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Few things are more painful than a serious back injury. Even a minor strain can be debilitating. And many back injuries happen because of improper lifting techniques. When you know how to lift heavy objects properly, you can avoid back injuries and stay healthy and pain-free. Let’s take a look at five recommendations for doing just that:

Bend at your hips, not your back.

You’ve probably heard the recommendation to bend at your knees when lifting a heavy object. This is good advice but take it a step further to further minimize the risk of injury. Bend at your hips as well, while focusing on keeping your entire back straight and aligned throughout the lift. Square your feet, bend at the knees and hips, and keep your back straight without twisting side to side. That’s the magic formula!

Keep your chest forward.

When you bend at the hips and keep your chest forward, it keeps your back in proper alignment with good posture. This minimizes the chance of a strain or muscle pull. With this technique, the muscles in your legs and hips produce the power for lifting something heavy, not your back.

Keep the object close to your body.

Holding a heavy object out in front of you, with your arms outstretched, is an easy way to cause a back injury. Keeping the object as close to your chest — and your center of gravity — as possible is much easier on your back. And if you can’t hold the object close to you because it’s too heavy or bulky, it’s not a good idea to try and lift it yourself. Ask for help from another person, or multiple people if necessary.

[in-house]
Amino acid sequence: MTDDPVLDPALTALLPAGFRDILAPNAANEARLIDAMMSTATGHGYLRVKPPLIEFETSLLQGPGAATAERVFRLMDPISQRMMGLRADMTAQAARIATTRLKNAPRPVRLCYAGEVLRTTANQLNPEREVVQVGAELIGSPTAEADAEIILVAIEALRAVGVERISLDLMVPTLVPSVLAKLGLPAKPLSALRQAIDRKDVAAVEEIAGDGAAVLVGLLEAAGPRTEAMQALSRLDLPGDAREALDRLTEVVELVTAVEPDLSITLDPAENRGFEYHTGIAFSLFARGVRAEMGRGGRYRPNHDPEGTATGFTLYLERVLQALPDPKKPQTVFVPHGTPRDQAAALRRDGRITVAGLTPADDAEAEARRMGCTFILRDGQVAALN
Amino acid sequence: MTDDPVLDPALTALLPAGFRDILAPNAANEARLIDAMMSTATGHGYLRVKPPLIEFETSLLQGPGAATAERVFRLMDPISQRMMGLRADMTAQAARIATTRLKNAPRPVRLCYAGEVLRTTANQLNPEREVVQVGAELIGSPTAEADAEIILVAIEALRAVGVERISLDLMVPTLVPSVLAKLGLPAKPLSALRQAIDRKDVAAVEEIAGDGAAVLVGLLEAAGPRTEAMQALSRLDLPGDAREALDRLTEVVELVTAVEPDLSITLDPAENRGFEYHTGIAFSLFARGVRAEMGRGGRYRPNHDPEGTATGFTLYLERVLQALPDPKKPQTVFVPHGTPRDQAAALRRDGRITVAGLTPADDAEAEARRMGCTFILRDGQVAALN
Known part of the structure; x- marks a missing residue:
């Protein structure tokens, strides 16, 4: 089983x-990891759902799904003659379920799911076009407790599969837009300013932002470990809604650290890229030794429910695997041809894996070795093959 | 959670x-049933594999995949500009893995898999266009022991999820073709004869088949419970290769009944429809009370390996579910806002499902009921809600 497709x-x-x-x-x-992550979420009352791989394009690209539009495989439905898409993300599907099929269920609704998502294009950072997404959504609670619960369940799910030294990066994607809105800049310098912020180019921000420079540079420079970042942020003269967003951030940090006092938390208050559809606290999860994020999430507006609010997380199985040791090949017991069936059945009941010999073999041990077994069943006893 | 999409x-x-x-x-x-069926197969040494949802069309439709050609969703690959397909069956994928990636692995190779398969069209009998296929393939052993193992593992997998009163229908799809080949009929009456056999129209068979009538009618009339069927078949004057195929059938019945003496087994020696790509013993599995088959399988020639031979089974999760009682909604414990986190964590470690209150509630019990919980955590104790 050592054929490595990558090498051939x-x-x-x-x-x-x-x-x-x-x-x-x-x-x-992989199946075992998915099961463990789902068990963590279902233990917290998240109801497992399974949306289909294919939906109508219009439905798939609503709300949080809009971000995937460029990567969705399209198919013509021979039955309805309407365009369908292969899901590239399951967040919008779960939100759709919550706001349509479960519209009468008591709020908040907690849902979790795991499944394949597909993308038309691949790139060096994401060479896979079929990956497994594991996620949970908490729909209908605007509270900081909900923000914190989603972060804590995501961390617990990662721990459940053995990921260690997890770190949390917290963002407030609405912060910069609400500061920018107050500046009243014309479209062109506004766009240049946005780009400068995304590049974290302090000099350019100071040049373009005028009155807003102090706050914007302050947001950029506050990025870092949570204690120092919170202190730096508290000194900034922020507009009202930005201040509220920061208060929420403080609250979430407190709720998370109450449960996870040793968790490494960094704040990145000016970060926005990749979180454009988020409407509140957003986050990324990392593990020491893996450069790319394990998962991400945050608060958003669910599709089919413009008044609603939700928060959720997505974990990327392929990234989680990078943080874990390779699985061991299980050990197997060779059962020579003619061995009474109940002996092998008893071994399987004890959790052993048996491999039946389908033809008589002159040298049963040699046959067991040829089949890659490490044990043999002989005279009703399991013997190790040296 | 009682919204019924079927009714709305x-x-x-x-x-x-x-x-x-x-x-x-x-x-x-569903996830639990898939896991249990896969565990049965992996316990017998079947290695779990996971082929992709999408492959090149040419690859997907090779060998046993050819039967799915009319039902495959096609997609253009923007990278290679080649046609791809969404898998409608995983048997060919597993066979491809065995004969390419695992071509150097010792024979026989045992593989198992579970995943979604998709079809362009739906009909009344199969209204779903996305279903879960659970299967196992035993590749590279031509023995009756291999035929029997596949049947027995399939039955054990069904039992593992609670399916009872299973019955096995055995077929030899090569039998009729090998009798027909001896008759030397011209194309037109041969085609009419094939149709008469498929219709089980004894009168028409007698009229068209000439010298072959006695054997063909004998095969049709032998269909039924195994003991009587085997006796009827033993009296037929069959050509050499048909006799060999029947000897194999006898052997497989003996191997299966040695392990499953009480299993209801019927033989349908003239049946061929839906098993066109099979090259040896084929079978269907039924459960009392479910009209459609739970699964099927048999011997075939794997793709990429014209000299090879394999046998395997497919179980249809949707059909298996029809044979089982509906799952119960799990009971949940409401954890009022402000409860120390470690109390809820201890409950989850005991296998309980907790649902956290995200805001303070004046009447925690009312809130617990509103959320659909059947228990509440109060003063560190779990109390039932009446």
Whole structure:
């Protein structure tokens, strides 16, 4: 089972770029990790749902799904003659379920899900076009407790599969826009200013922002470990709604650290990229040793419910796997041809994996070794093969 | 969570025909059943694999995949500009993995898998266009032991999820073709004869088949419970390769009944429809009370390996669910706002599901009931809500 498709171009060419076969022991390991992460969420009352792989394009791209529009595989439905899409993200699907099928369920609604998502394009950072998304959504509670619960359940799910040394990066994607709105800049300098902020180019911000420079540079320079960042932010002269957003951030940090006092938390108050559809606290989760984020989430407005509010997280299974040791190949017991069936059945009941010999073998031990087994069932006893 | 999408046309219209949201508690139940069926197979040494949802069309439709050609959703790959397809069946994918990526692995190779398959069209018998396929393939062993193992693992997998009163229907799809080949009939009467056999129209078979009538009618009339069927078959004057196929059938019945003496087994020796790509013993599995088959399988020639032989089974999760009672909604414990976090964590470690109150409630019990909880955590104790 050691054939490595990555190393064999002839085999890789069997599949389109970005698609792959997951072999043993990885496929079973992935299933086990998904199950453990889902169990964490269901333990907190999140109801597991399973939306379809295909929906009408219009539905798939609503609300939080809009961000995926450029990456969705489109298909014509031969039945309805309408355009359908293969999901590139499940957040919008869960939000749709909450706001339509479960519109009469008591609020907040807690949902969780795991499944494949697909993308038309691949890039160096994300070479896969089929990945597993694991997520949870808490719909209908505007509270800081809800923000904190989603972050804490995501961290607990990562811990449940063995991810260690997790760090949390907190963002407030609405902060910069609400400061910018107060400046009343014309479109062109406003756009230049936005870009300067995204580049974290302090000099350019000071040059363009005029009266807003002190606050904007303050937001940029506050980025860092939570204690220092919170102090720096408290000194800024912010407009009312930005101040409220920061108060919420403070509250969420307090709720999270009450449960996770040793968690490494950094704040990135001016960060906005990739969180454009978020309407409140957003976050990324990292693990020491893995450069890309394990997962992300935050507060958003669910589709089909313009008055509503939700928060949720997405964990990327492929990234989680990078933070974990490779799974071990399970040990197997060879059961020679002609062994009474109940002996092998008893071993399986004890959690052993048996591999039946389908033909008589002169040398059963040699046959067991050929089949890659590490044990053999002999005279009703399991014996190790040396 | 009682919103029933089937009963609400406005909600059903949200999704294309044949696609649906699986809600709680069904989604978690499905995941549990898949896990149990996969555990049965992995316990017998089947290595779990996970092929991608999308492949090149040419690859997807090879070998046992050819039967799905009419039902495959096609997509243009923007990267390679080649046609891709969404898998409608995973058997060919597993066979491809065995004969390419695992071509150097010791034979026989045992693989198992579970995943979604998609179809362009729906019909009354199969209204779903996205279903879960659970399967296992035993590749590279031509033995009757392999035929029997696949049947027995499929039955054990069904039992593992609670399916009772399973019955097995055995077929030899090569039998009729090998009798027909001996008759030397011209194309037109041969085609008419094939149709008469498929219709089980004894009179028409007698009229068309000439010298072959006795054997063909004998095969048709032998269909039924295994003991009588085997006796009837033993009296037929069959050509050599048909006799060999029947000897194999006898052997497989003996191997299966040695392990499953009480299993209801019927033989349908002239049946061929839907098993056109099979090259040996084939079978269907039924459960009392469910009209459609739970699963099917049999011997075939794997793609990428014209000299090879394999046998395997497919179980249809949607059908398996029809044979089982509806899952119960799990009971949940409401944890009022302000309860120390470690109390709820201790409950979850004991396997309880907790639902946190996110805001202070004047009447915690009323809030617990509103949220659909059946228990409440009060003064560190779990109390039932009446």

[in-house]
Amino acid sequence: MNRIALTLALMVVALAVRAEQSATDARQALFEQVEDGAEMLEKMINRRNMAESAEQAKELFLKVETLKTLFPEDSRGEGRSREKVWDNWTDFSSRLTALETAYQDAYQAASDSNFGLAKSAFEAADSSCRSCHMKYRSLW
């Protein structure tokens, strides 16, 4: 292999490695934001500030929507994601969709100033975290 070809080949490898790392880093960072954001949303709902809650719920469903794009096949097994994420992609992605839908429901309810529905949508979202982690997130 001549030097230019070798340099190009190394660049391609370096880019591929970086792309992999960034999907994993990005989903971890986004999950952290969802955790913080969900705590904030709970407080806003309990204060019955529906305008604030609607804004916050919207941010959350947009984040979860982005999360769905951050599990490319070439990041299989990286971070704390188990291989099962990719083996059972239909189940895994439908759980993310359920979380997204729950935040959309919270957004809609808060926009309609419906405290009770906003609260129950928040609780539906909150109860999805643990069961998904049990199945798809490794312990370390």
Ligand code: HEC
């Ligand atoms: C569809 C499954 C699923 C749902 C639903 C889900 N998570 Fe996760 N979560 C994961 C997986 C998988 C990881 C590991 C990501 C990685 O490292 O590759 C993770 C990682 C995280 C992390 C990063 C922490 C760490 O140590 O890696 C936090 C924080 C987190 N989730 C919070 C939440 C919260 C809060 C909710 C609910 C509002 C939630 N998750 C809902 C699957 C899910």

Try the golfer’s lift.

Picture a golfer leaning down to pluck a golf ball off the green. They’ll keep their legs straight, extending one backward to act as a counterbalance, while reaching down to grab the ball below them. This is a useful technique when you’re picking up a light or small object from the ground, perhaps from a bin sitting on the floor. The golfer’s lift is NOT to be used with heavy objects, however.

Place objects using momentum.

Once you’ve picked up a heavy object, you have to set it down again eventually. Using momentum to do so is a good way to save yourself from a back injury, especially if you need to place the object above you. Get a head start and use your natural momentum to “push” the object into place, rather than trying to lift it up from a dead stop.

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